The good news is that the IMF thinks that the economy may have stopped getting worse. The bad news is that it thinks it may be a long time before we get back to earlier levels of demand.
The main problem is the ongoing weakness of the banking system. The IMF has maintained its April forecast of a total $2.8trn of losses. But as the chart shows, we are less than half-way towards all of these being recognised. Banks are still sitting on loans that will never be repaid - some of them, no doubt, in the chemical sector.
This means the world faces a further $1.5trn of write-offs over the next 18 months (the red bars). US banks have faced up to 60% of their expected losses, but EU banks are still hiding 60% of theirs. Overall, the IMF estimates banks will have to raise a further $310bn of capital. In turn, this overhang will reduce their ability, and willingness, to lend new money.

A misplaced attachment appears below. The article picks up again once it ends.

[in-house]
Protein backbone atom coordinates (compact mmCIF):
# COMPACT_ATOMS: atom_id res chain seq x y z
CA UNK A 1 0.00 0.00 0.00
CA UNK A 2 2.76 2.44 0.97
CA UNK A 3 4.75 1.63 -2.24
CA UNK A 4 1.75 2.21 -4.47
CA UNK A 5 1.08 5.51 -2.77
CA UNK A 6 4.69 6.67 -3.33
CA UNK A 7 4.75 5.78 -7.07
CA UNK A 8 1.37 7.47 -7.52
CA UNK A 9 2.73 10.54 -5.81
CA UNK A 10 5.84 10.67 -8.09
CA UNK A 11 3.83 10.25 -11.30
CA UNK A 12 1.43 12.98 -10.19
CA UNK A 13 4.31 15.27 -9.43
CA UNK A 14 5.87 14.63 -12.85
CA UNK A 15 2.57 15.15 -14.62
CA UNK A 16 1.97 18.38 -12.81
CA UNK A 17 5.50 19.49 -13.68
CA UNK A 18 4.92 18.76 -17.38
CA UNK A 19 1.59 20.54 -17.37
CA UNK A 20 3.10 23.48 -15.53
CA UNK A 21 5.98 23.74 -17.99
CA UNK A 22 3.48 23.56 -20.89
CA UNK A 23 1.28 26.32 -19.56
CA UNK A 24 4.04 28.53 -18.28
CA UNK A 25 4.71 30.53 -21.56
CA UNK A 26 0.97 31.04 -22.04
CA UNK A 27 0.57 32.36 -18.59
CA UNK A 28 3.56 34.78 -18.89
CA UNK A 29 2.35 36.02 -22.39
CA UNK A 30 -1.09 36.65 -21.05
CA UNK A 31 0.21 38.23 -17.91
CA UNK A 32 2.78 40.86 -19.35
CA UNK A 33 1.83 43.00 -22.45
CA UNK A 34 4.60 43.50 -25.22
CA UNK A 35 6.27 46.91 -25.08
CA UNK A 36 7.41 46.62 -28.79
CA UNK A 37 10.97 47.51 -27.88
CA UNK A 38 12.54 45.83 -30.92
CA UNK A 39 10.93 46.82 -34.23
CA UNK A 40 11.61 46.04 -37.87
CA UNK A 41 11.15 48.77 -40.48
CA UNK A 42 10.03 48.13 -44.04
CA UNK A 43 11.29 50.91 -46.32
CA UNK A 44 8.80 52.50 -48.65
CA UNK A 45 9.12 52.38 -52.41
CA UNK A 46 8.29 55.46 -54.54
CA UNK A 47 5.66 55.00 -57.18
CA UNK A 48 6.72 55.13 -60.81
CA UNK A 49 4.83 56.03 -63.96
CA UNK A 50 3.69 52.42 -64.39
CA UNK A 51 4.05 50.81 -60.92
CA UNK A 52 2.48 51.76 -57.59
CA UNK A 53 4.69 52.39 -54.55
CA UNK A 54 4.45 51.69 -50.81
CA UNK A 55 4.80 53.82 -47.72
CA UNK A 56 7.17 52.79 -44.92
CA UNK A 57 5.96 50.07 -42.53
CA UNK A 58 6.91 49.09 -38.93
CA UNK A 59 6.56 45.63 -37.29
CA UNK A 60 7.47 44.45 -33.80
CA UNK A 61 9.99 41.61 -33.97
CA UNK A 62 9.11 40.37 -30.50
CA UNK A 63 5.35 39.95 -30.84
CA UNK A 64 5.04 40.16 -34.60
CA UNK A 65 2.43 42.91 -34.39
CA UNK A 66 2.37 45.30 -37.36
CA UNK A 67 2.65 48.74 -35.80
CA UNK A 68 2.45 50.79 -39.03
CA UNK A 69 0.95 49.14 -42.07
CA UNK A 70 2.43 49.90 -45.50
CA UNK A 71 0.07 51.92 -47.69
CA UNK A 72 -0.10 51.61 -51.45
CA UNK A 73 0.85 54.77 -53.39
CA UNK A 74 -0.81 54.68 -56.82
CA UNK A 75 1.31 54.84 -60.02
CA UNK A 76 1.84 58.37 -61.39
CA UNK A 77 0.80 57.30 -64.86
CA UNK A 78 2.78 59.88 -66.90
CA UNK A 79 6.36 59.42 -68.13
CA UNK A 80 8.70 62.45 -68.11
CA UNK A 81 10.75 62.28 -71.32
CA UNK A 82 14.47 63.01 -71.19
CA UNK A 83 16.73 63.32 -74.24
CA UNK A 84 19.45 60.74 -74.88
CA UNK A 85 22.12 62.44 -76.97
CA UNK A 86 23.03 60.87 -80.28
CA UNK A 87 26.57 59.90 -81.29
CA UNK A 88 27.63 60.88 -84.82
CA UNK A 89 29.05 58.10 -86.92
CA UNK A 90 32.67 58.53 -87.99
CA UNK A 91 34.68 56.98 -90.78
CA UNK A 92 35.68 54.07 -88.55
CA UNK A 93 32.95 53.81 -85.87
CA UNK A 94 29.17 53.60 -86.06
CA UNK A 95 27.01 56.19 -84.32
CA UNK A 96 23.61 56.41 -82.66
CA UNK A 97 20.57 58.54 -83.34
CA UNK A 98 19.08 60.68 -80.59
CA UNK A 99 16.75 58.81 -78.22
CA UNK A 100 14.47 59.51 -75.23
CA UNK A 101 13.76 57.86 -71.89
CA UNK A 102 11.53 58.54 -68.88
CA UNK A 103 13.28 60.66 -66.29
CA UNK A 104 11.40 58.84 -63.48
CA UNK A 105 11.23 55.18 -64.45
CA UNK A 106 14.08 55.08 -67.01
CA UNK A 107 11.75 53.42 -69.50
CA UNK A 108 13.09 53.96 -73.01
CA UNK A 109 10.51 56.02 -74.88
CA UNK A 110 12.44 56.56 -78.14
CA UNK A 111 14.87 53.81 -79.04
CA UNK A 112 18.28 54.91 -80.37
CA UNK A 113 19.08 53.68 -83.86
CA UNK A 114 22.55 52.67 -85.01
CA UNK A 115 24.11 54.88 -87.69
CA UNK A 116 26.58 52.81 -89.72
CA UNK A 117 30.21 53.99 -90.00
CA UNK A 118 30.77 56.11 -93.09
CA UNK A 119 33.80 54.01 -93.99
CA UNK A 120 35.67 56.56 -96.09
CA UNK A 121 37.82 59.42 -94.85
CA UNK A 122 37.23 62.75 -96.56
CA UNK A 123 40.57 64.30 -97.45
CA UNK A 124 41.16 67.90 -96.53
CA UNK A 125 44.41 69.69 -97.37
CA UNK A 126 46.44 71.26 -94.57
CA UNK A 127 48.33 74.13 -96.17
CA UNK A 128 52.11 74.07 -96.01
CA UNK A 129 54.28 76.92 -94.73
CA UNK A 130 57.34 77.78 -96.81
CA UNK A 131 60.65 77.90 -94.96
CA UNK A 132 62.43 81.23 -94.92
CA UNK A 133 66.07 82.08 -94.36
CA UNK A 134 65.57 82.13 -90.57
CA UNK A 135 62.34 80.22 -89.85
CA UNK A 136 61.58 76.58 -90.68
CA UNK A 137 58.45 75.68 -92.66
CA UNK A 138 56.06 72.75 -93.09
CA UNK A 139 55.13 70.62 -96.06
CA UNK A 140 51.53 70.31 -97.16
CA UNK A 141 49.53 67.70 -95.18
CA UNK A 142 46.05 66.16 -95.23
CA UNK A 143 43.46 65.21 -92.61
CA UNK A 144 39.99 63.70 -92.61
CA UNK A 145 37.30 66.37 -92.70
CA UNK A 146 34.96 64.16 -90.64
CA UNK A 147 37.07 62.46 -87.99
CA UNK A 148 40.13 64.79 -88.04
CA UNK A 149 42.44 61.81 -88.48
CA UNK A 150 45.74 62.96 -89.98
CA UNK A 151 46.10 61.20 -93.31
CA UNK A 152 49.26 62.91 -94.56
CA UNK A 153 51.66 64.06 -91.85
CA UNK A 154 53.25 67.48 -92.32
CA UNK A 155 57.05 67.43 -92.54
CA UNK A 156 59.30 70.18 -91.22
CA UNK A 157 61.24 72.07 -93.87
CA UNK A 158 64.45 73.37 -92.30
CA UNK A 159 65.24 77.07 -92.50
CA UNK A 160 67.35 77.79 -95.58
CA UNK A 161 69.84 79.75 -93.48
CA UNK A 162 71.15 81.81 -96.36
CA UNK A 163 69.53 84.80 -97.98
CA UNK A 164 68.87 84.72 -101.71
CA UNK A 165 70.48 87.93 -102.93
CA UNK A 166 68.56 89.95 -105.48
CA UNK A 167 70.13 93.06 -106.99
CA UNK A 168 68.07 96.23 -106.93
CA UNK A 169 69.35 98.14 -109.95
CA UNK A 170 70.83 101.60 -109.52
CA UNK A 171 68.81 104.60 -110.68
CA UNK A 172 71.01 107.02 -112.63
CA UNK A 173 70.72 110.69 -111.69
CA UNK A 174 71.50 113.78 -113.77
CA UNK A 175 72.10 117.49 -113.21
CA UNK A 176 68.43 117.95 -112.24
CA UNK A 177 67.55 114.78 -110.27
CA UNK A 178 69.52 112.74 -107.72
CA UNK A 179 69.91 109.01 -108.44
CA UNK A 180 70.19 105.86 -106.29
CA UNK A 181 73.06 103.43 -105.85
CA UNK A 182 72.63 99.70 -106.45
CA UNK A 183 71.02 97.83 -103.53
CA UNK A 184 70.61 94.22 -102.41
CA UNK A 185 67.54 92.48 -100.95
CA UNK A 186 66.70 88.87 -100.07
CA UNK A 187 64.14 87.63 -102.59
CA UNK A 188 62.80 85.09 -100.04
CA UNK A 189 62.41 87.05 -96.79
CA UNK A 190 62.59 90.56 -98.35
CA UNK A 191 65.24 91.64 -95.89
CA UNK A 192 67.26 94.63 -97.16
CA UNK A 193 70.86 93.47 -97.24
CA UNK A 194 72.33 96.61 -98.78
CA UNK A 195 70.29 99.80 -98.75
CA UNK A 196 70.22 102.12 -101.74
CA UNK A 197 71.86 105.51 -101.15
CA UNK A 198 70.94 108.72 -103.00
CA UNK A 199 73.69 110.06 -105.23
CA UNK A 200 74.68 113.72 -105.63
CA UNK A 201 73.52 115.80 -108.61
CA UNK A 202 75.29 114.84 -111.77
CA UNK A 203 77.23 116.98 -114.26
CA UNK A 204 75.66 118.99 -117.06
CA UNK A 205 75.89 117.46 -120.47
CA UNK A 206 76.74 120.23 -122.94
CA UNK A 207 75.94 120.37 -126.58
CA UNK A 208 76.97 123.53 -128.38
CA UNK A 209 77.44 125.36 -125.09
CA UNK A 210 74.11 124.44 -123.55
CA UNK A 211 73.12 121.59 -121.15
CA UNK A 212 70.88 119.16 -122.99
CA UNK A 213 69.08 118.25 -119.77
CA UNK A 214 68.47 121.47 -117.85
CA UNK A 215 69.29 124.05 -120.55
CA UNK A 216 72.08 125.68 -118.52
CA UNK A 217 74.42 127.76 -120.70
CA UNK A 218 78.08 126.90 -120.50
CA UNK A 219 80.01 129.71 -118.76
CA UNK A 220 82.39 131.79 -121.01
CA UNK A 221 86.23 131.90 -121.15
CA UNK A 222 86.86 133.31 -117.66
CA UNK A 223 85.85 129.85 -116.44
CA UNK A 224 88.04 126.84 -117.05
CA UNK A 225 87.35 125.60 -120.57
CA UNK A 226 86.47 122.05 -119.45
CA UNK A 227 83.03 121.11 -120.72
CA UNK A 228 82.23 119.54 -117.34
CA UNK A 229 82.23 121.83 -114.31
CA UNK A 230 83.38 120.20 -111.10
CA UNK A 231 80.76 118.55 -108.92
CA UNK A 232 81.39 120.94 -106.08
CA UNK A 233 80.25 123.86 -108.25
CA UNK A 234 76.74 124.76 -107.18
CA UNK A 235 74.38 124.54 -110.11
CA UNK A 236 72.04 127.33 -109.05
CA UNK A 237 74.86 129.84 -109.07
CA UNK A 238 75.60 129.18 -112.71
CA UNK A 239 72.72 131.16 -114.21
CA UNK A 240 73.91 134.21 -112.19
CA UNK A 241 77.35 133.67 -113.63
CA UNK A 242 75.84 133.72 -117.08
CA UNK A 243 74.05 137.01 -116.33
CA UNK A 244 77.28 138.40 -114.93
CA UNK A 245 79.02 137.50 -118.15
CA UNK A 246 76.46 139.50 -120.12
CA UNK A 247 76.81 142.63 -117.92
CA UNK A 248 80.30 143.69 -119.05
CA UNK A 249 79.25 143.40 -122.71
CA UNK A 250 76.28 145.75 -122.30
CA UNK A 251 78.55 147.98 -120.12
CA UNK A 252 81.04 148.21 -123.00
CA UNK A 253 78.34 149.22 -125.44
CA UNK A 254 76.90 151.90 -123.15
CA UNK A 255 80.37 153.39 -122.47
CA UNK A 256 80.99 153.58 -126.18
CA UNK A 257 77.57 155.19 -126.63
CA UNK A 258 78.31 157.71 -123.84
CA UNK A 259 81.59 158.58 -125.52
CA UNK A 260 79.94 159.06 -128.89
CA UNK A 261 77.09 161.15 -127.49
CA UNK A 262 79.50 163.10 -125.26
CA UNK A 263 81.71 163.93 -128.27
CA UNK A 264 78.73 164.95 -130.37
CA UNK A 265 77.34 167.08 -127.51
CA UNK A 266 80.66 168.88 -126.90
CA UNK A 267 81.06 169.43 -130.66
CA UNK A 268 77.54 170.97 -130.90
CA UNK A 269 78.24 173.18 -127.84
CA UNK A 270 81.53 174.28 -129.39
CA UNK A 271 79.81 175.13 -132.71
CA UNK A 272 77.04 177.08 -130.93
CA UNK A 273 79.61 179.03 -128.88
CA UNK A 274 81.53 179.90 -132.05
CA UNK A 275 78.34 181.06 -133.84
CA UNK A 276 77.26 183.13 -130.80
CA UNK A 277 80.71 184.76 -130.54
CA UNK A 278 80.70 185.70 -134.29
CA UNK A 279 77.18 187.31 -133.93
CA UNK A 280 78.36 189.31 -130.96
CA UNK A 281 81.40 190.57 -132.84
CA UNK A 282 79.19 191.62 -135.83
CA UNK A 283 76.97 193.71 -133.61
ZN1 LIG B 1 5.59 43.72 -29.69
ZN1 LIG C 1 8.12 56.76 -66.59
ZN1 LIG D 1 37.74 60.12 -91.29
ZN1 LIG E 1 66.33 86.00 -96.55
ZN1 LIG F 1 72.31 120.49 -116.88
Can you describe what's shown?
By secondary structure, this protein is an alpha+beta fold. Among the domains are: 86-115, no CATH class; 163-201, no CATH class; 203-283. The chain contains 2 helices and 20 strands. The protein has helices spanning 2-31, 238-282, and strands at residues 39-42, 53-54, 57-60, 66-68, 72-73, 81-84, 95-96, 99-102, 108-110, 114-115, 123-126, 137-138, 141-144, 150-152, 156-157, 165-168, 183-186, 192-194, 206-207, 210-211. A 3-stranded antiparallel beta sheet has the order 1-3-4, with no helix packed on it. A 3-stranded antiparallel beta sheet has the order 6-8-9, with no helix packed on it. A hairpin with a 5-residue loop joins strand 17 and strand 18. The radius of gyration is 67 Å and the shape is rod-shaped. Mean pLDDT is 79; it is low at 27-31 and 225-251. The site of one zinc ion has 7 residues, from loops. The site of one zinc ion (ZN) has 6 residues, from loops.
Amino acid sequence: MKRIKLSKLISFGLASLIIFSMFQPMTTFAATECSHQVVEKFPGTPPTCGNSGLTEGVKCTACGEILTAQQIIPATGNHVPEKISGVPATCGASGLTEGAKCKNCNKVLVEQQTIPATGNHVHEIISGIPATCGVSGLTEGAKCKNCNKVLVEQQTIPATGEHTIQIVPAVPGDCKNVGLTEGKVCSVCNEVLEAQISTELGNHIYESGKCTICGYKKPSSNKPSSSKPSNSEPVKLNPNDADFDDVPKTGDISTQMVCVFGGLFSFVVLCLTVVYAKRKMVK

This makes the coming recovery very different from those of the early 1980's and 1990's, when banks were still able to lend freely. Thus the IMF forecasts that the current recovery will be "weak by historical standards". And it warns that additional government stimulus programmes may be needed "if downside risks to growth materialise".